The Kurds, a different ethnic group from Iraq's majority Arabs, have their own armed fighters and enjoy considerable control over an increasingly prosperous enclave in Iraq's mountainous north. Thursday's accord calls for the eventual withdrawal of Iraqi military and Kurdish fighters who in recent weeks moved into disputed areas where both seek to extend their influence.
There is no timetable governing the pullout of troops, tanks and artillery on either side, meaning tensions could quickly flare back up. Distrust remains high, and the two sides are far from reaching a lasting deal over how to manage energy resources and divvy up the growing profits oil brings in.
"This is only the symptom," Martin Kobler, the U.N. envoy to Iraq, said of the military standoff in an interview this week. "We have to go to the root. And the root is the Arab-Kurdish understanding. … Distribution of wealth in this country is distribution of power, period."
The dispute that has played out over the past month shows just how unstable Iraq remains nearly a decade after the U.S.-led invasion, and injects an added level of uncertainty into a Middle East grappling with the potential collapse of Syria, on Iraq's doorstep.
A shootout between Iraqi police and Kurdish guards in the disputed northern city of Tuz Khormato kicked off the most recent bout of brinksmanship in mid-November. One civilian was killed and several police officers were wounded in the gun battle, the first deadly clash between the two sides in years.
Both sides responded by moving additional troops into the disputed areas. The buildup happened after Iraqi Prime Minister Nouri al-Maliki created a new military command overseeing security forces in contested areas bordering the Kurdish region. Kurds saw that as a provocation.
Tensions spiked earlier this week when the president of the Kurdish region appeared on television inspecting his green camouflage-clad troops near Kirkuk, an oil-rich city outside the Kurds' autonomous enclave that has long been seen as a likely flashpoint for ethnic conflict. Massoud Barzani was shown alongside one of his sons, who was outfitted in full combat gear.
Iraqi Arabs bristled at the symbolism of the visit, which drew barbed comparisons to ousted dictator Saddam Hussein. Yassin Majid, an Iraqi lawmaker allied with al-Maliki, was among the most vocal.
"Barzani's visit to Kirkuk was meant to send a message of war to all Iraqis. … This reminds us of Saddam when he used to take his sons while visiting military units on the front lines," Majid said. "Barzani is acting like the president of a neighboring country to Iraq and … he is pushing things toward war."
Despite the bluster, both sides benefit from not allowing the standoff to spiral into a shooting war.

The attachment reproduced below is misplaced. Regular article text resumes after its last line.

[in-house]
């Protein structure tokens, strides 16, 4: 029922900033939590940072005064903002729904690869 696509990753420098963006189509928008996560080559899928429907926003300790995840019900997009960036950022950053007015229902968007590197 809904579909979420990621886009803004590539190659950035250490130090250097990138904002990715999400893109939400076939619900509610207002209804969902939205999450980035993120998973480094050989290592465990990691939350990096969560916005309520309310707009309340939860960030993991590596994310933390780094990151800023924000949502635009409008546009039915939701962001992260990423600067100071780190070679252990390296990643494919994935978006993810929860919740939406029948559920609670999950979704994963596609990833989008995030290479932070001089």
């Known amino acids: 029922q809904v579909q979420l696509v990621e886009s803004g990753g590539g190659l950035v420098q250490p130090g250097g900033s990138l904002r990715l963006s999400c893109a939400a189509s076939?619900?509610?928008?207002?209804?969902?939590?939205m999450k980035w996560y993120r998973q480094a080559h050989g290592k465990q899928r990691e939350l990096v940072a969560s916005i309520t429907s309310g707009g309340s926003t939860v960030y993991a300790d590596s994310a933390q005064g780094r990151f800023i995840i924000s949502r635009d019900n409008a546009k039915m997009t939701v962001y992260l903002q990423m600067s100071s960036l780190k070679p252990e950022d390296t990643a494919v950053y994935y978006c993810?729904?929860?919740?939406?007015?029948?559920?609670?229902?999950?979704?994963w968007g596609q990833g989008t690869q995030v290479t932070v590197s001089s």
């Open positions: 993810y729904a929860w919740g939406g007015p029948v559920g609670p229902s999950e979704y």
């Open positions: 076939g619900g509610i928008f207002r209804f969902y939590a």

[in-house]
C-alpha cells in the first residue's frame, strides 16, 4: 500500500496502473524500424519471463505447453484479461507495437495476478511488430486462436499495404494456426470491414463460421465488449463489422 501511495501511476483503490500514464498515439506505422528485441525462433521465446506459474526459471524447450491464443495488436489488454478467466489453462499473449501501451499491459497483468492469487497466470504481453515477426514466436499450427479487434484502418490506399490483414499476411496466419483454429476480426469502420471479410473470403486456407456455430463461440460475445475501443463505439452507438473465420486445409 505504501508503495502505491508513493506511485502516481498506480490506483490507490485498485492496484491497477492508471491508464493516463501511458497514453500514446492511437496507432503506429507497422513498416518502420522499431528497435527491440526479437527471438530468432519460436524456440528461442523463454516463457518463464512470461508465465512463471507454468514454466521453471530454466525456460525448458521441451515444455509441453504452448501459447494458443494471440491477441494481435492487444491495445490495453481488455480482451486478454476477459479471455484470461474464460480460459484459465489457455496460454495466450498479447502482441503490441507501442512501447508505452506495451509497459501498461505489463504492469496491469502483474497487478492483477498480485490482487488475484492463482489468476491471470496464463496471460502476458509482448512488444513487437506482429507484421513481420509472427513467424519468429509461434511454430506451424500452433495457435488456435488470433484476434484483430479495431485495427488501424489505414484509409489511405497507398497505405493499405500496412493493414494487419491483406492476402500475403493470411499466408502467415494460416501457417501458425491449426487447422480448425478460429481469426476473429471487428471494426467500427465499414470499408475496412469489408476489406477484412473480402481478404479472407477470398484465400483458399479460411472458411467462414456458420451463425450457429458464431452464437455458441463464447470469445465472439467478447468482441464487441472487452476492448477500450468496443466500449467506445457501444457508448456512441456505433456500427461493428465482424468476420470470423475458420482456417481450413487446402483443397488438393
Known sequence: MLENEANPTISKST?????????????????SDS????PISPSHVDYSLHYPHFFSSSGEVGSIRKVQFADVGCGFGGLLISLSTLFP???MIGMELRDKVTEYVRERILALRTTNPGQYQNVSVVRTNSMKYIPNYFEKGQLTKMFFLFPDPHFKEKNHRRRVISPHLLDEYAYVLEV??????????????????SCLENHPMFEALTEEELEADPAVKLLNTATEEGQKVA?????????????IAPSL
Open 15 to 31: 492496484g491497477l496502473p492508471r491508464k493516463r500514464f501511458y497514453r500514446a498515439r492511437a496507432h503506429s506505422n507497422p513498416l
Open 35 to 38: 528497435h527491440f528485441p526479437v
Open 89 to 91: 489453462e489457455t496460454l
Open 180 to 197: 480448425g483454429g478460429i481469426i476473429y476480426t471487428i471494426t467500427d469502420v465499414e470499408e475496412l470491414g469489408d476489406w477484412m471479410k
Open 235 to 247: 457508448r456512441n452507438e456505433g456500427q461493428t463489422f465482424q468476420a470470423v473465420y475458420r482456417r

Full-blown fighting would spook the foreign investors who have flocked to the Kurds' self-rule region. It would also set back the central government's efforts to restore stability and security after years of violence.
Those realizations may have helped push Barzani and al-Maliki to agree to Thursday's deal, which calls on both sides to halt all media campaigns that could lead to more tension and work toward eventually withdrawing their military forces from disputed areas.
Under the plan, committees will be set up to create security forces made up of local inhabitants — a process that could prove tricky because it will have to balance competing ethnic and sectarian claims.
Iraqi President Jalal Talabani, himself a Kurd, helped negotiate the accord.
Ali al-Moussawi, a spokesman for al-Maliki, said he is optimistic but noted that the "real test will be the actual withdrawal of the deployed forces." The Kurds likewise remain cautious about the issue of security forces for the disputed areas.
"This issue is sensitive and it needs work on the tiniest details so that any agreement, if reached, would guarantee that what has happened recently would not be repeated," the Kurdistan Regional Government said in a statement.
The remaining risks are real. Iraqi and Kurdish officials, as well as foreign diplomats, fear that a miscalculation by a single soldier on either side might spark a firefight that could escalate.
The American military kept tensions between the two sides in check over much of the past decade. But the last American troops left on Dec. 18, 2011 — except for a small number of personnel attached to the U.S. Embassy that are responsible for facilitating Iraqi arms purchases and training Iraqis to use the weapons.
"After 2011, Iraqi politics are operating under their own logic again," said Toby Dodge, an analyst at the International Institute for Strategic Studies think tank in London. "Al-Maliki's consolidating and expanding (power). The Kurds are the last autonomous force that stands in his way."
American military commanders were aware of the risks of Arab-Kurd friction, which they described as one of the biggest threats to Iraq's security in the years before the U.S. pullout. Concerns about ethnic violence prompted the U.S. to create checkpoints jointly run by American, Iraqi and Kurdish forces in the disputed areas, effectively forcing the two sides to work together.
In recent weeks, American officials have pressed the Iraqi government and the Kurds to stop their troop movements and provocative statements while working toward some type of agreement.
Troops from both sides faced off near the Syrian border over the summer too, but American observers viewed the latest standoff as more worrying.
"There's an intensity here that wasn't present back in July on the Syrian border," said a U.S. Embassy official, who was not authorized to speak publicly about the matter so insisted on anonymity. "It's an on-the-ground form of negotiation that's really risky."